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Home / Regional Movies / Kaatrin Mozhi movie review: Jyotika’s remake is nothing like Tumhari Sulu, and that’s good

Kaatrin Mozhi movie review: Jyotika’s remake is nothing like Tumhari Sulu, and that’s good

Kaatrin Mozhi movie review: Jyotika succeeds by not giving you the opportunity to compare her to Vidya Balan at any moment.

regional-movies Updated: Nov 16, 2018 12:49 IST
Priyanka Sundar
Priyanka Sundar
Kaatrin Mozhi movie review: Jyotika performs beautifully in this Tumhari Sulu remake.
Kaatrin Mozhi movie review: Jyotika performs beautifully in this Tumhari Sulu remake.

Kaatrin Mozhi
Director: Radha Mohan
Writer: Suresh Triveni
Cast: Jyotika, Vidaarth, Tejas, MS Bhaskar, Manobala
Rating: 3/5

Passion goes beyond reason. Passion is what drives away the webs of mediocrity and melancholy out of life and it is what helps one in overcoming hurdles and failures. Kaatrin Mozhi is about a passionate woman who nothing more than to be an RJ and balance her domestic life. Vijayalakshmi Balakrishnan, played by Jyotika, is a housewife who might not have cleared high school, but leads a happy life with her husband and son. Balu, as she likes to call her husband, is played by Vidharth, and he loves his wife, and all her eccentricities.

Kaatrin Mozhi is a remake of the Hindi film Tumhari Sulu, in which Vidya Balan played the lead role. Director Radha Mohan has wonderfully given the remake a beating heart of its own. Initially, you’d be surprised to see that the film is so different from the original, but that is why the remake works in the first place. It would be appropriate to call Kaatrin Mozhi an adaptation, instead of an outright remake.


The film is about a housewife finding her passion for something and being successful at it, while balancing a life at home. So when Viji and Balu bicker about the TV, or when the family sits down for dinner together, it will remind viewers of their own families. This relatability - be it in the plot or through the characters - is what makes director Radha Mohan’s film a wonderful watch. This ability to make audiences relate with the characters was present in Abhiyum Naanum, in Mozhi and now in Kaatrin Mozhi.

The relationship between Viji and Balu is what companionship should ideally look like. The problems that this couple faces when Viji’s professional career overtakes her husband’s, is insightfully portrayed. Another example of this understanding of gender dynamics comes when their child, Siddhu, played by Tejas, commits a mistake in the absence of his mother, and it is Viji who is faulted for not being present. Balu is never questioned. This is a reflection of reality.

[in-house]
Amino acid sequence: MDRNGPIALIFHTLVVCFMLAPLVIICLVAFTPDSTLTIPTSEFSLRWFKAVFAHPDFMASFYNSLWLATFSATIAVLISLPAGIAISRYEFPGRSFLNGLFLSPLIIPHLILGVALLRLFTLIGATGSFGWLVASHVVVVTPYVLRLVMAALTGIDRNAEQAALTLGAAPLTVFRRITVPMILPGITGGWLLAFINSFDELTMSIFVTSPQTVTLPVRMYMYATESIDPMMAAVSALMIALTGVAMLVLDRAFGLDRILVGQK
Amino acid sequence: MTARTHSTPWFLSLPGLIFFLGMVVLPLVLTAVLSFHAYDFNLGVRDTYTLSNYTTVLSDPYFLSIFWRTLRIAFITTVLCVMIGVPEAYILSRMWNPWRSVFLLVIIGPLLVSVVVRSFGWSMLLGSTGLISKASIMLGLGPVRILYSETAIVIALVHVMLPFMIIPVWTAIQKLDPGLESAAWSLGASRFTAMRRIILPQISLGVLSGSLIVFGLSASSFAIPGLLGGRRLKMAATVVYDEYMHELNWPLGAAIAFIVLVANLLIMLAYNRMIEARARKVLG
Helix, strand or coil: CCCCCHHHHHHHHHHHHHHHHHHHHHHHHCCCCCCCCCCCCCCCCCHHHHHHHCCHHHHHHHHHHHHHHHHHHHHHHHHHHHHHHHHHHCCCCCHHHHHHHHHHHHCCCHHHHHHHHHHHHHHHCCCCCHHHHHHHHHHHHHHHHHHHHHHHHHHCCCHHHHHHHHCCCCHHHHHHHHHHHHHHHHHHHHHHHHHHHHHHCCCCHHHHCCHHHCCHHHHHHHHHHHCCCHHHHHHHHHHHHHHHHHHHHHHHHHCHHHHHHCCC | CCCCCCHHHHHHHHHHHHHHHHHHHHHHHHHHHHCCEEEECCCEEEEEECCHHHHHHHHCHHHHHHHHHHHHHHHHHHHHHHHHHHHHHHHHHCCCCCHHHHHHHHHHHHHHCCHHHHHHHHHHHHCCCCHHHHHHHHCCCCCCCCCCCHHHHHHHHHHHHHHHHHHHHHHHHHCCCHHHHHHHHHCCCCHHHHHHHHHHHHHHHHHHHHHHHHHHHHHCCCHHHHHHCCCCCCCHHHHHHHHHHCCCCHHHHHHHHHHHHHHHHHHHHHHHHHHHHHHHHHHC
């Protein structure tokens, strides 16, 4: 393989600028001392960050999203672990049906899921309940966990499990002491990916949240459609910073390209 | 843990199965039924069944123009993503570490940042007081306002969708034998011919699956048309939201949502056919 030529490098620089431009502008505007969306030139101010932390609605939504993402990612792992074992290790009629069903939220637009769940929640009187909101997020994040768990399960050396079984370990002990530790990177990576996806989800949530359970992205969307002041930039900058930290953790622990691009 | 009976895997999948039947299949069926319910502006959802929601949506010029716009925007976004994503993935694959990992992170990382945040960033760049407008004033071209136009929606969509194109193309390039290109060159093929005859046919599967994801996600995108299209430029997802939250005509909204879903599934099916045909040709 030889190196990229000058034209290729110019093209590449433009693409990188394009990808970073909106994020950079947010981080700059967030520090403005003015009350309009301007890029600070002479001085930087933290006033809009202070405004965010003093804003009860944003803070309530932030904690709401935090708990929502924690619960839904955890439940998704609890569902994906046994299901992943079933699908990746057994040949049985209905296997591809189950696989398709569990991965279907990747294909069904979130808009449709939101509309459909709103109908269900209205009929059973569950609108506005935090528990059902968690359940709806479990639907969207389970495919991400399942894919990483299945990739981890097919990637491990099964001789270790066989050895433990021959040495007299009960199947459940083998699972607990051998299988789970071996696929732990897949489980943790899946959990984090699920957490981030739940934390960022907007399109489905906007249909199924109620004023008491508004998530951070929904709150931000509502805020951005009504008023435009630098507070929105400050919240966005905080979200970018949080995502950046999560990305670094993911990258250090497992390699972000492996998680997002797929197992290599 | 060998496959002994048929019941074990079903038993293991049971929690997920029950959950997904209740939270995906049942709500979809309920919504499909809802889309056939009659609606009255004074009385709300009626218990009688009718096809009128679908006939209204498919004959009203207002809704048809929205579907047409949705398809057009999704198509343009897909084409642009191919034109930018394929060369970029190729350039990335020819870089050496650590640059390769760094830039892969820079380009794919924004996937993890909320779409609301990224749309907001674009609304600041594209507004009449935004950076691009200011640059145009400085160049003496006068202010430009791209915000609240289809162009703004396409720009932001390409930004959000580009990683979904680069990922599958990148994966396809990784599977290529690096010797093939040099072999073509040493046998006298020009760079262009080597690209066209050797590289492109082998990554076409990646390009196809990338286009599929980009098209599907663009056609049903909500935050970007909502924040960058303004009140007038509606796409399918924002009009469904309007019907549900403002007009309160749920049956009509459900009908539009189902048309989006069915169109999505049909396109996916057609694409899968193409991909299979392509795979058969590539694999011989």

“Why should I quit my job? Siddhu is a child and he made a mistake. How does my work have anything to do with this?” asks Viji in a particularly tense scene. The question that remains unasked is ‘why does the father not have any responsibility in a home where the husband and wife are equal?’ The impact of this scene is bang on because silence sometimes speaks louder than words.


How does Jyotika’s performance compare to Vidya Balan’s? She made the role her own and performed it beautifully. Initially, Jo used to be known for her dramatic expressions, which she had toned down for director Bala and Mani Ratnam. In Kaatrin Mozhi, it is this dramatic acting that helps her character. Vidya Balan’s ‘Hello’ is unforgettable, and it is hard for anyone to come close to that. However, what Jyotika does succeed in is that she doesn’t give you the opportunity to compare her to Vidya at any moment. The credit once again goes to Radha Mohan for delivering a film that is different.

The character of Neelagandan, played by MS Bhaskar, is another instance which shows the audience the director’s sensibilities. Even the climax, which is as different from the original as chalk and cheese, leaves you smiling.

Kaatrin Mozhi is about understanding what “50-50” means, not just in a business partnership, but at home, too. It is about believing in yourself, even if it is in something as small as lemon and spoon race, or as important as a job - one that your family thinks is not respectable. It is about fighting stereotypes, prejudice, sexism and more. The fight is real, and the victory that comes at the end is sweet. And yet Kaatrin Mozhi (the language of the wind) is as breezy as a comedy can get.

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Author tweets @Priyanka_S_MCC

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